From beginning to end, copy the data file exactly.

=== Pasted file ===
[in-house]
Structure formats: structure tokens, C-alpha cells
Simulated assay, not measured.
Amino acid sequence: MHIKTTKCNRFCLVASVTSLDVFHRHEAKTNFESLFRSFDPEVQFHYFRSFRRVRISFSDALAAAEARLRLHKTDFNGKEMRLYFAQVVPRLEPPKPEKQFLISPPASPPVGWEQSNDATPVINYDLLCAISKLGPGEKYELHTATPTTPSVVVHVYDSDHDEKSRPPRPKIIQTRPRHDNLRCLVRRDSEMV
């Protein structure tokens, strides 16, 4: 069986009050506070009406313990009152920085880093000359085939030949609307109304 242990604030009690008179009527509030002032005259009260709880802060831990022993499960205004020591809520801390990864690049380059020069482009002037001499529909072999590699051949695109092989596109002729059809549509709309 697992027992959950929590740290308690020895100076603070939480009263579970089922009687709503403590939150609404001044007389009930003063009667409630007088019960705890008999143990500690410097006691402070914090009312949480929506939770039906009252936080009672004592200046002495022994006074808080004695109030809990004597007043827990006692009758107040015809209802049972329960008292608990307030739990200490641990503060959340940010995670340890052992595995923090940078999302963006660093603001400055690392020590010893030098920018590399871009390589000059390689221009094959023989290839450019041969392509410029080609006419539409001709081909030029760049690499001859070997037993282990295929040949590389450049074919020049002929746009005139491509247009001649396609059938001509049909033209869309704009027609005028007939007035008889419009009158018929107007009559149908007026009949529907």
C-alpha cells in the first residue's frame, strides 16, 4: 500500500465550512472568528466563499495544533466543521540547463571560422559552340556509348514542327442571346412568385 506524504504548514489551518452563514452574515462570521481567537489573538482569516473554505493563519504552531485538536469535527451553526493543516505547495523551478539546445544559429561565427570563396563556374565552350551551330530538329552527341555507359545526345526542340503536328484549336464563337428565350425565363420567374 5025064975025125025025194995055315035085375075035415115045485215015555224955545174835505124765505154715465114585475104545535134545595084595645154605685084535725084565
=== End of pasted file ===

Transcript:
[in-house]
Structure formats: structure tokens, C-alpha cells
Simulated assay, not measured.
Amino acid sequence: MHIKTTKCNRFCLVASVTSLDVFHRHEAKTNFESLFRSFDPEVQFHYFRSFRRVRISFSDALAAAEARLRLHKTDFNGKEMRLYFAQVVPRLEPPKPEKQFLISPPASPPVGWEQSNDATPVINYDLLCAISKLGPGEKYELHTATPTTPSVVVHVYDSDHDEKSRPPRPKIIQTRPRHDNLRCLVRRDSEMV
């Protein structure tokens, strides 16, 4: 069986009050506070009406313990009152920085880093000359085939030949609307109304 242990604030009690008179009527509030002032005259009260709880802060831990022993499960205004020591809520801390990864690049380059020069482009002037001499529909072999590699051949695109092989596109002729059809549509709309 697992027992959950929590740290308690020895100076603070939480009263579970089922009687709503403590939150609404001044007389009930003063009667409630007088019960705890008999143990500690410097006691402070914090009312949480929506939770039906009252936080009672004592200046002495022994006074808080004695109030809990004597007043827990006692009758107040015809209802049972329960008292608990307030739990200490641990503060959340940010995670340890052992595995923090940078999302963006660093603001400055690392020590010893030098920018590399871009390589000059390689221009094959023989290839450019041969392509410029080609006419539409001709081909030029760049690499001859070997037993282990295929040949590389450049074919020049002929746009005139491509247009001649396609059938001509049909033209869309704009027609005028007939007035008889419009009158018929107007009559149908007026009949529907």
C-alpha cells in the first residue's frame, strides 16, 4: 500500500465550512472568528466563499495544533466543521540547463571560422559552340556509348514542327442571346412568385 506524504504548514489551518452563514452574515462570521481567537489573538482569516473554505493563519504552531485538536469535527451553526493543516505547495523551478539546445544559429561565427570563396563556374565552350551551330530538329552527341555507359545526345526542340503536328484549336464563337428565350425565363420567374 5025064975025125025025194995055315035085375075035415115045485215015555224955545174835505124765505154715465114585475104545535134545595084595645154605685084535725084565